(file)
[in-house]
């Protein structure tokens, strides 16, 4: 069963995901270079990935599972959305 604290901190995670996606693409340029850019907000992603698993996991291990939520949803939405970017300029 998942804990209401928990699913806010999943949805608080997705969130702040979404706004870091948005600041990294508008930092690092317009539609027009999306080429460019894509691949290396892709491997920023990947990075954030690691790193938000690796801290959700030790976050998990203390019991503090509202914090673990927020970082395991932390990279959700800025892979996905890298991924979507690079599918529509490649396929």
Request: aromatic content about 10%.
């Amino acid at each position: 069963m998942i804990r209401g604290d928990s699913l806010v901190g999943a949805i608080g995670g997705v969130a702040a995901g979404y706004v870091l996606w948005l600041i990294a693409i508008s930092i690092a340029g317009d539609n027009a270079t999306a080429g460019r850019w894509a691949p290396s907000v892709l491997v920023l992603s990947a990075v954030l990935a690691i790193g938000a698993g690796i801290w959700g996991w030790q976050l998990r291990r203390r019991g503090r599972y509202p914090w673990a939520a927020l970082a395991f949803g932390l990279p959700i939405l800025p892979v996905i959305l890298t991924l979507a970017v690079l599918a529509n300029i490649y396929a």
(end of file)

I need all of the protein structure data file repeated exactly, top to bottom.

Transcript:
[in-house]
């Protein structure tokens, strides 16, 4: 069963995901270079990935599972959305 604290901190995670996606693409340029850019907000992603698993996991291990939520949803939405970017300029 998942804990209401928990699913806010999943949805608080997705969130702040979404706004870091948005600041990294508008930092690092317009539609027009999306080429460019894509691949290396892709491997920023990947990075954030690691790193938000690796801290959700030790976050998990203390019991503090509202914090673990927020970082395991932390990279959700800025892979996905890298991924979507690079599918529509490649396929």
Request: aromatic content about 10%.
């Amino acid at each position: 069963m998942i804990r209401g604290d928990s699913l806010v901190g999943a949805i608080g995670g997705v969130a702040a995901g979404y706004v870091l996606w948005l600041i990294a693409i508008s930092i690092a340029g317009d539609n027009a270079t999306a080429g460019r850019w894509a691949p290396s907000v892709l491997v920023l992603s990947a990075v954030l990935a690691i790193g938000a698993g690796i801290w959700g996991w030790q976050l998990r291990r203390r019991g503090r599972y509202p914090w673990a939520a927020l970082a395991f949803g932390l990279p959700i939405l800025p892979v996905i959305l890298t991924l979507a970017v690079l599918a529509n300029i490649y396929a």